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Playing for dancers

In summary, the traditional steps to learn how to successfully accompany are these:

Find a guitar teacher who accompanies dancers and learn some basic rhythm chord sequences of the main dance forms. This usually involves regular and ongoing private lessons.
Sit with this guitarist as he plays in classes and at dance rehearsals. The main guitarist usually uses an amplifier so the student can practice quietly in the background with muffled strings. Recording lessons and classes is also useful.
The student provides simple accompaniment as second guitarist in dance classes. He will also play on his own for beginners classes and plays basic rhythms sequences to things like Sevillanas, Soleá and Alegria.
The student sits with the main guitarist on stage and supplies basic second guitar rhythm accompaniment.
The student plays on his own in more classes and rehearses with students and goes into the field doing performances in cafes, private parties and other gigs. Eventually he is called upon to play on his own in more advanced dance classes and to create suitable music for dance choreographies
Through this process, he learns as much as he can from recordings, books and videos. The best CDs to learn accompaniment from is those that highlight singers and also those that feature live dance performances where the steps are audible. I shamelessly say "he" rather than the more politically correct "he or she" because I have only met two female flamenco guitarists in my life. Both of these preferred to remain low key regarding performances. To my knowledge female guitarists are rare even in Spain.

All this could take about a year, but it is a most satisfying experience and you end up walking away with all you need to arrange half decent dance accompaniments in the privacy of your own home with no dancers in sight. But even so, the results will still need to be tested, and usually further customized to suit the individual dancer. Serious dancers don't usually dance to "off the shelf" music. This may happen in some dance schools that use tapes and CDs in class, but I would not send anyone to learn dance in one of these schools.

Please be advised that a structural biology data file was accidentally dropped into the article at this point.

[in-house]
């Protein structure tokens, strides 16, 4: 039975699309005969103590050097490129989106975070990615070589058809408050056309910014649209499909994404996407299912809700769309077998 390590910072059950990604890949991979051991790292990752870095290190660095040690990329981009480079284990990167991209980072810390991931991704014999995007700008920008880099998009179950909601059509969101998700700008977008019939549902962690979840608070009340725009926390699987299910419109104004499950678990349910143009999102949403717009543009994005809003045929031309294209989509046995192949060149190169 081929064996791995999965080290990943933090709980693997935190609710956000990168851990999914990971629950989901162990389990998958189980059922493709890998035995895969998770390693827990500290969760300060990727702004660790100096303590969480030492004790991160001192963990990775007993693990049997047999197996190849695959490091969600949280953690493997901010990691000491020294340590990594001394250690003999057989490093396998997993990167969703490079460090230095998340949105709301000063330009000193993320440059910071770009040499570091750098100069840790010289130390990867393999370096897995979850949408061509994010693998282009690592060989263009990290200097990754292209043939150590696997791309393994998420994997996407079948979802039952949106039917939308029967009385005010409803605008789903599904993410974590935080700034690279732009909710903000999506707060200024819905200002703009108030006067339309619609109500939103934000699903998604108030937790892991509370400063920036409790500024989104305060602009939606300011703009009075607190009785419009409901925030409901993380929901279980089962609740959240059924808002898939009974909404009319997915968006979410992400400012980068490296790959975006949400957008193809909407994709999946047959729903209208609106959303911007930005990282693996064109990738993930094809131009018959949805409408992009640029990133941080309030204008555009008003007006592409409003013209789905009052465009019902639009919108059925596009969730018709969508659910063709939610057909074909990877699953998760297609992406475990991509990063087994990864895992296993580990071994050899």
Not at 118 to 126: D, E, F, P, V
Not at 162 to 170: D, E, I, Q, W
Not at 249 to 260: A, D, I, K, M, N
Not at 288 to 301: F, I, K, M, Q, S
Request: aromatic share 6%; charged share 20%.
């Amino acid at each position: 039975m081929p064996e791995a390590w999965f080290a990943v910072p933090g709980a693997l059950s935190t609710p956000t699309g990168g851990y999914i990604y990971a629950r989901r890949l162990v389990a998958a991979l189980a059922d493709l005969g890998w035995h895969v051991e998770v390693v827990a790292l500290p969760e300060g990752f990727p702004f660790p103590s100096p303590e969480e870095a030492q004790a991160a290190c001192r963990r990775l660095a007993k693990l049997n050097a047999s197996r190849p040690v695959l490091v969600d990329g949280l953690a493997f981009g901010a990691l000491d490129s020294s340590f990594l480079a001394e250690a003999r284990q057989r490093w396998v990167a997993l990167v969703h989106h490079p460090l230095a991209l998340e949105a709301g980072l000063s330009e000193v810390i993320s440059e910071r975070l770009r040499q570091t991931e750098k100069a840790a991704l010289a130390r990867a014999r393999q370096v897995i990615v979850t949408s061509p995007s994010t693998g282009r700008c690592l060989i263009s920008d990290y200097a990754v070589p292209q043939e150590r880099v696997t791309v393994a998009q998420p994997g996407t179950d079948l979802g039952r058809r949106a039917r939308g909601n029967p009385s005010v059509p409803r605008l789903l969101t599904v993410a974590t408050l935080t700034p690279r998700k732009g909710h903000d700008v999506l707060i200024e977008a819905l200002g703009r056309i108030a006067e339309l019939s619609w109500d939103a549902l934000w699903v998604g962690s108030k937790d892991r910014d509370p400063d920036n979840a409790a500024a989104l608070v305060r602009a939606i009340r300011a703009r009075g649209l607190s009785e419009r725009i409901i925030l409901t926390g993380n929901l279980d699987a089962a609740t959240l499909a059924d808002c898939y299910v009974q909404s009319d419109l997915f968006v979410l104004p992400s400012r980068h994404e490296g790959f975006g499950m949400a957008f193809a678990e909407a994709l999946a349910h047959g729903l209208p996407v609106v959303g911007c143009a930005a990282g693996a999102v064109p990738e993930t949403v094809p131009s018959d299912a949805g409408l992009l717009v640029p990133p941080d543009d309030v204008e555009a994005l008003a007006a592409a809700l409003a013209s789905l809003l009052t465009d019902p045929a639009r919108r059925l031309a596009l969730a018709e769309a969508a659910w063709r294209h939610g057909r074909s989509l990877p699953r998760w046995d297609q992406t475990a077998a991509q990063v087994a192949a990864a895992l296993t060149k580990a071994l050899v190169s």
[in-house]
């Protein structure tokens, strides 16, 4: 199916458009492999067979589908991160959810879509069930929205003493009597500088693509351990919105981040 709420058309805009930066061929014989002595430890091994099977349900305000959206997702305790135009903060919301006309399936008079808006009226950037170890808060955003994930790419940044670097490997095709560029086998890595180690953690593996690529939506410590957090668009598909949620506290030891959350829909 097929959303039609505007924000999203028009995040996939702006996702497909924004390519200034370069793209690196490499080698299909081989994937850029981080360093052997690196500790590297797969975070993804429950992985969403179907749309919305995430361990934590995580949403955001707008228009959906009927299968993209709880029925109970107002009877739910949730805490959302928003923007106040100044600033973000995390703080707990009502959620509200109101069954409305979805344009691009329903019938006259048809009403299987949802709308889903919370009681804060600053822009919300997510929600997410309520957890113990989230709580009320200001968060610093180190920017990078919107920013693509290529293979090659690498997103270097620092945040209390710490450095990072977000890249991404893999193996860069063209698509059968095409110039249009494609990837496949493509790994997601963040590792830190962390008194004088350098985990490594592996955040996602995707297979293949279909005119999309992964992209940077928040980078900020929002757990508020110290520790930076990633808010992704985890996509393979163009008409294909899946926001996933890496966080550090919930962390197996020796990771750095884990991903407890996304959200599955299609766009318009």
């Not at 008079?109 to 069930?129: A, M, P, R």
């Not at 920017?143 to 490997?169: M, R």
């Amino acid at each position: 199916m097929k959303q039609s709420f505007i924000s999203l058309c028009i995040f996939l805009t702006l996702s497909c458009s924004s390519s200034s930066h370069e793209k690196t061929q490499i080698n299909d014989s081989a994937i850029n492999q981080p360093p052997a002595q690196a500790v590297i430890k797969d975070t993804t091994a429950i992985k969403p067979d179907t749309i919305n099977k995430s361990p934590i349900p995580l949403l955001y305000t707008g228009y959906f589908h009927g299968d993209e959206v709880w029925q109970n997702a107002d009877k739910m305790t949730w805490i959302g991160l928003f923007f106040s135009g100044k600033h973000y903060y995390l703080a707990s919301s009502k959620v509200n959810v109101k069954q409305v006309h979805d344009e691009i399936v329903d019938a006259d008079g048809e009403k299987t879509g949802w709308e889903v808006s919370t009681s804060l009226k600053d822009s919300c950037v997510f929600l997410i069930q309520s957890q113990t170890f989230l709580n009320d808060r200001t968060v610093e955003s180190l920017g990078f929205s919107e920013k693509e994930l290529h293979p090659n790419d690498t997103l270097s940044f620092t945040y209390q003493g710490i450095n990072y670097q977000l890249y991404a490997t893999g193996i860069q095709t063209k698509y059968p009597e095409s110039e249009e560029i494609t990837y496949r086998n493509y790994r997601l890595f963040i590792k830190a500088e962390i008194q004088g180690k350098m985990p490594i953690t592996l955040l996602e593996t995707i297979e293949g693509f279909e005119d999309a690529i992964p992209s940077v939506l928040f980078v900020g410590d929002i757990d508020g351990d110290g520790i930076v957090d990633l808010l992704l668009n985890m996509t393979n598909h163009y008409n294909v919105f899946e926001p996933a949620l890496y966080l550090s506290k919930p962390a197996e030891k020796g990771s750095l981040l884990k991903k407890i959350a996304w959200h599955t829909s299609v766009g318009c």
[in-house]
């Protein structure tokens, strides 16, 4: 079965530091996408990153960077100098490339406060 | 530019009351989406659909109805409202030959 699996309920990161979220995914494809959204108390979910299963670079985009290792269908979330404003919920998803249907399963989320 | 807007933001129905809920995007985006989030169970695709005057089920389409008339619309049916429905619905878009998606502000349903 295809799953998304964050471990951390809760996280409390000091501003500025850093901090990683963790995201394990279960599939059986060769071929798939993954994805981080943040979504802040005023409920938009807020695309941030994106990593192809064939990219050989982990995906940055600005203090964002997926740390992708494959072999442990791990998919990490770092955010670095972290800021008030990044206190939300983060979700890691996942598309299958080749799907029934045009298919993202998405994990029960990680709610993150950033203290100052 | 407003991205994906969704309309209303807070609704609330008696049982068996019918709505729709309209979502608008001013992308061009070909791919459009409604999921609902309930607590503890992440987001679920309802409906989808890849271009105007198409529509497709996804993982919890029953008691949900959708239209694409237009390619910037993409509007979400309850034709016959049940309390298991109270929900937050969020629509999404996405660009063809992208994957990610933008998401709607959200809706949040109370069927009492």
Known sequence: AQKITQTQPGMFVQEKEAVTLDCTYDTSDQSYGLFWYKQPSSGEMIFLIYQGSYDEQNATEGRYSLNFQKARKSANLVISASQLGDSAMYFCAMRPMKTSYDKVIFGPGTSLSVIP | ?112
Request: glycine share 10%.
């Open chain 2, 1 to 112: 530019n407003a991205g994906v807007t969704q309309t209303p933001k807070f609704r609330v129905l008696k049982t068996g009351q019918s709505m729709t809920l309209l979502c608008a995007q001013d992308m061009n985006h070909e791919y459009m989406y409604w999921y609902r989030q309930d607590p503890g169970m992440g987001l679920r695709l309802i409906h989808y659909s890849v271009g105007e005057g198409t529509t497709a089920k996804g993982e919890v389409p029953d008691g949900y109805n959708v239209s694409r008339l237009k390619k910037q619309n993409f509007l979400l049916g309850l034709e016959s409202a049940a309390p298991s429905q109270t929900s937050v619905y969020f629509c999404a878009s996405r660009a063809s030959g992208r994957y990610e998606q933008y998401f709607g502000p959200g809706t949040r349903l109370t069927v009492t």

Most "serious" dancers prefer to play a part in it's development.

I probably haven't helped you that much. I just wanted to emphasize that fact that flamenco is about interaction with others. You can't do it on your own. I dare say that anyone who has been actively involved in performing flamenco will tell you the same thing. Despite what I say, my hope is that you will go ahead and create some arrangements anyway and try them out with dancers. The bottom line is that music and dance are personal expressions that need not be necessarily limited to traditional rules. I worked with one dancer who had a background in modern jazz style dance. She liked to freely improvise flamenco steps without any regard to specific compás. That was fine by me. We both knew the "rules" but for a bit of fun, we sometimes made a conscious decision to disregard them. In other words, I could play any style of music (classical, ragtime or whatever) and she was happy to dance to it. That was kind of liberating but we both knew it wasn't flamenco. We just enjoyed what we did.

With kind regards,

Sal Bonavita



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Rafael Marin - Free flamenco guitar method 
Rafael Marin
Flamenco guitar method 1902